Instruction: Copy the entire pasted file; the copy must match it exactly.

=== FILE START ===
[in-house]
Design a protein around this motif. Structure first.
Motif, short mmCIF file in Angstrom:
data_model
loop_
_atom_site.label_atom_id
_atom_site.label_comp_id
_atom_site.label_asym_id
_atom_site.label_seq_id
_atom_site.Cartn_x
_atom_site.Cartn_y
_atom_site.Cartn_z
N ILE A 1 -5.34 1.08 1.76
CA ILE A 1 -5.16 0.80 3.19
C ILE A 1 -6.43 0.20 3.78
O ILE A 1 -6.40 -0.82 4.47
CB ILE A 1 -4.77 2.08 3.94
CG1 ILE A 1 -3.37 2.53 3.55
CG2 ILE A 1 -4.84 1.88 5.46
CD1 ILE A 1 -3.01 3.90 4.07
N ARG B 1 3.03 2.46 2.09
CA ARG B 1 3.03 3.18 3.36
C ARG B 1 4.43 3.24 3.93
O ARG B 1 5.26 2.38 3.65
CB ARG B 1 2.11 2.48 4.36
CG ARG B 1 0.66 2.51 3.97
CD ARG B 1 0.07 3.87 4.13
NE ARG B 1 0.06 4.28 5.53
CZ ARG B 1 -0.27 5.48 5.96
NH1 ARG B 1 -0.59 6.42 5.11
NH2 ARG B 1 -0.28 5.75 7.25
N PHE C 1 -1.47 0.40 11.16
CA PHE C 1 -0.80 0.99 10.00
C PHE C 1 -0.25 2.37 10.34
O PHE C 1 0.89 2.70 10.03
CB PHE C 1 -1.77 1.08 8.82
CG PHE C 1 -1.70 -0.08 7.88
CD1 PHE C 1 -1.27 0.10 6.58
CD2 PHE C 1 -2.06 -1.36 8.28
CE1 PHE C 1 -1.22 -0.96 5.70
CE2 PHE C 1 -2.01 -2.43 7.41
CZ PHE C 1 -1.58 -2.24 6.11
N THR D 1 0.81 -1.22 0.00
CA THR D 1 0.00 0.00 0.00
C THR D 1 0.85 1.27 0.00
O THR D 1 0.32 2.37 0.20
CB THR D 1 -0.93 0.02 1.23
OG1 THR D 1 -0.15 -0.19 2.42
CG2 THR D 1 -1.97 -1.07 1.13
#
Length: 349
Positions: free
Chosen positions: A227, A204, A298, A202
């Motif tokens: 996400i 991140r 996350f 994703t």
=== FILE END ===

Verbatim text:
[in-house]
Design a protein around this motif. Structure first.
Motif, short mmCIF file in Angstrom:
data_model
loop_
_atom_site.label_atom_id
_atom_site.label_comp_id
_atom_site.label_asym_id
_atom_site.label_seq_id
_atom_site.Cartn_x
_atom_site.Cartn_y
_atom_site.Cartn_z
N ILE A 1 -5.34 1.08 1.76
CA ILE A 1 -5.16 0.80 3.19
C ILE A 1 -6.43 0.20 3.78
O ILE A 1 -6.40 -0.82 4.47
CB ILE A 1 -4.77 2.08 3.94
CG1 ILE A 1 -3.37 2.53 3.55
CG2 ILE A 1 -4.84 1.88 5.46
CD1 ILE A 1 -3.01 3.90 4.07
N ARG B 1 3.03 2.46 2.09
CA ARG B 1 3.03 3.18 3.36
C ARG B 1 4.43 3.24 3.93
O ARG B 1 5.26 2.38 3.65
CB ARG B 1 2.11 2.48 4.36
CG ARG B 1 0.66 2.51 3.97
CD ARG B 1 0.07 3.87 4.13
NE ARG B 1 0.06 4.28 5.53
CZ ARG B 1 -0.27 5.48 5.96
NH1 ARG B 1 -0.59 6.42 5.11
NH2 ARG B 1 -0.28 5.75 7.25
N PHE C 1 -1.47 0.40 11.16
CA PHE C 1 -0.80 0.99 10.00
C PHE C 1 -0.25 2.37 10.34
O PHE C 1 0.89 2.70 10.03
CB PHE C 1 -1.77 1.08 8.82
CG PHE C 1 -1.70 -0.08 7.88
CD1 PHE C 1 -1.27 0.10 6.58
CD2 PHE C 1 -2.06 -1.36 8.28
CE1 PHE C 1 -1.22 -0.96 5.70
CE2 PHE C 1 -2.01 -2.43 7.41
CZ PHE C 1 -1.58 -2.24 6.11
N THR D 1 0.81 -1.22 0.00
CA THR D 1 0.00 0.00 0.00
C THR D 1 0.85 1.27 0.00
O THR D 1 0.32 2.37 0.20
CB THR D 1 -0.93 0.02 1.23
OG1 THR D 1 -0.15 -0.19 2.42
CG2 THR D 1 -1.97 -1.07 1.13
#
Length: 349
Positions: free
Chosen positions: A227, A204, A298, A202
């Motif tokens: 996400i 991140r 996350f 994703t």